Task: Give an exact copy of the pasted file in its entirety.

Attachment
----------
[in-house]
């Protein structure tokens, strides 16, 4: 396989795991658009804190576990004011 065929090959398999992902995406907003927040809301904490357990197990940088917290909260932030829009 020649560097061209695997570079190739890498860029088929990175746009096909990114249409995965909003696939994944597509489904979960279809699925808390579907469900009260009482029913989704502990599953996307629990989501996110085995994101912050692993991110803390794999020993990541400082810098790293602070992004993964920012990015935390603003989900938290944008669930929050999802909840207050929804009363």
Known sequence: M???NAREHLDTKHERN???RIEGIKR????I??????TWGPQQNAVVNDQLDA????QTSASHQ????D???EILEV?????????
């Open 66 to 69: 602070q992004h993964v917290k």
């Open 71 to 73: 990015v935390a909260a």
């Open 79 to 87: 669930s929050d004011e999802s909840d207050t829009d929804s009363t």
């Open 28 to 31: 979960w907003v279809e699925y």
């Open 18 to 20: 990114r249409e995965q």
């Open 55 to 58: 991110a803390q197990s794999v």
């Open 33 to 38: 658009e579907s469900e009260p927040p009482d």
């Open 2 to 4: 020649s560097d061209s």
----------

[in-house]
């Protein structure tokens, strides 16, 4: 396989795991658009804190576990004011 065929090959398999992902995406907003927040809301904490357990197990940088917290909260932030829009 020649560097061209695997570079190739890498860029088929990175746009096909990114249409995965909003696939994944597509489904979960279809699925808390579907469900009260009482029913989704502990599953996307629990989501996110085995994101912050692993991110803390794999020993990541400082810098790293602070992004993964920012990015935390603003989900938290944008669930929050999802909840207050929804009363």
Known sequence: M???NAREHLDTKHERN???RIEGIKR????I??????TWGPQQNAVVNDQLDA????QTSASHQ????D???EILEV?????????
């Open 66 to 69: 602070q992004h993964v917290k």
């Open 71 to 73: 990015v935390a909260a």
């Open 79 to 87: 669930s929050d004011e999802s909840d207050t829009d929804s009363t």
């Open 28 to 31: 979960w907003v279809e699925y």
């Open 18 to 20: 990114r249409e995965q």
């Open 55 to 58: 991110a803390q197990s794999v």
């Open 33 to 38: 658009e579907s469900e009260p927040p009482d």
């Open 2 to 4: 020649s560097d061209s």